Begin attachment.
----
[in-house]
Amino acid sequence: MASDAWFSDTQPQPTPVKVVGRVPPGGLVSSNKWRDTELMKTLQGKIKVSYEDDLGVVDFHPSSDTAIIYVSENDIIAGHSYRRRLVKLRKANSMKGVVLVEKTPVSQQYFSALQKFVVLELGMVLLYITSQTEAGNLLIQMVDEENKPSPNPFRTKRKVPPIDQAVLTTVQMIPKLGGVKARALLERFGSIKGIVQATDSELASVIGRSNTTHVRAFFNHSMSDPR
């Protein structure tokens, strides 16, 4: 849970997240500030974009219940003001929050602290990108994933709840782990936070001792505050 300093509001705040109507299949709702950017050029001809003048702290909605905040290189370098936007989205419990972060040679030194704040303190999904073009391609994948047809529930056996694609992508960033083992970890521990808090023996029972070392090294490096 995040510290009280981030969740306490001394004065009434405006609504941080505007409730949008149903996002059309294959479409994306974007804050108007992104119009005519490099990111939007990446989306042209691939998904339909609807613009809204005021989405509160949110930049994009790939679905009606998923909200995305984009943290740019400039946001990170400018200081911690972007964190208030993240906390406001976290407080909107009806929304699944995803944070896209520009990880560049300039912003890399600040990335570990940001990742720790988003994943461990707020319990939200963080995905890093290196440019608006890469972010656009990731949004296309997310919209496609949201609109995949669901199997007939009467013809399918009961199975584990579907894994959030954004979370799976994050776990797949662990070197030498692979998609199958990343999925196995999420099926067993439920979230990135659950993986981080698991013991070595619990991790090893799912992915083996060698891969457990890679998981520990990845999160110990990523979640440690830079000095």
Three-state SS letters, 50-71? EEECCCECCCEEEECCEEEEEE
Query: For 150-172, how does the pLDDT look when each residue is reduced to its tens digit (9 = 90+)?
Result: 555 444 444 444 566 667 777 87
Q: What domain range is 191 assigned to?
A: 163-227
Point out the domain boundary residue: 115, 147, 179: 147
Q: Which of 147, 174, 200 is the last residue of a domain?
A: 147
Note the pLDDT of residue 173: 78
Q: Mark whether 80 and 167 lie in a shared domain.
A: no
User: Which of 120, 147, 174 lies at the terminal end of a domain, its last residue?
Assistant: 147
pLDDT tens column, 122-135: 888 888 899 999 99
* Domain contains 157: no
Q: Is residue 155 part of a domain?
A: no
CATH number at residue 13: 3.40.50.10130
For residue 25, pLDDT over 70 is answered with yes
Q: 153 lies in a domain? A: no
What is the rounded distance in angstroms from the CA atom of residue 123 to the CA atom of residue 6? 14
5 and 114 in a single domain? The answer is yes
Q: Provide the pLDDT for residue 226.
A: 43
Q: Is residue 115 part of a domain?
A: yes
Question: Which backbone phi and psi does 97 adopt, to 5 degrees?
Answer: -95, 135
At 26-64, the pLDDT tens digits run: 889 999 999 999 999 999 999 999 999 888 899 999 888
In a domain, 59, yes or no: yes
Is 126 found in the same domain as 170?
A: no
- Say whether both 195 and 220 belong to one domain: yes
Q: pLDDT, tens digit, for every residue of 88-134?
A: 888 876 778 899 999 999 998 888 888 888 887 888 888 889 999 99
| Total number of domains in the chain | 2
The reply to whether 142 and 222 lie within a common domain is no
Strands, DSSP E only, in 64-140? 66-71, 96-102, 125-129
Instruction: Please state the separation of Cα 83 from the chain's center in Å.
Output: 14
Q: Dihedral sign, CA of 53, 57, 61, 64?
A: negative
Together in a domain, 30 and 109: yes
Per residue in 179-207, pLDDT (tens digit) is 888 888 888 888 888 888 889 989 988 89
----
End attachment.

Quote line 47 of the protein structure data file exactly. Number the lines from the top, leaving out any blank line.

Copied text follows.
Per residue in 179-207, pLDDT (tens digit) is 888 888 888 888 888 888 889 989 988 89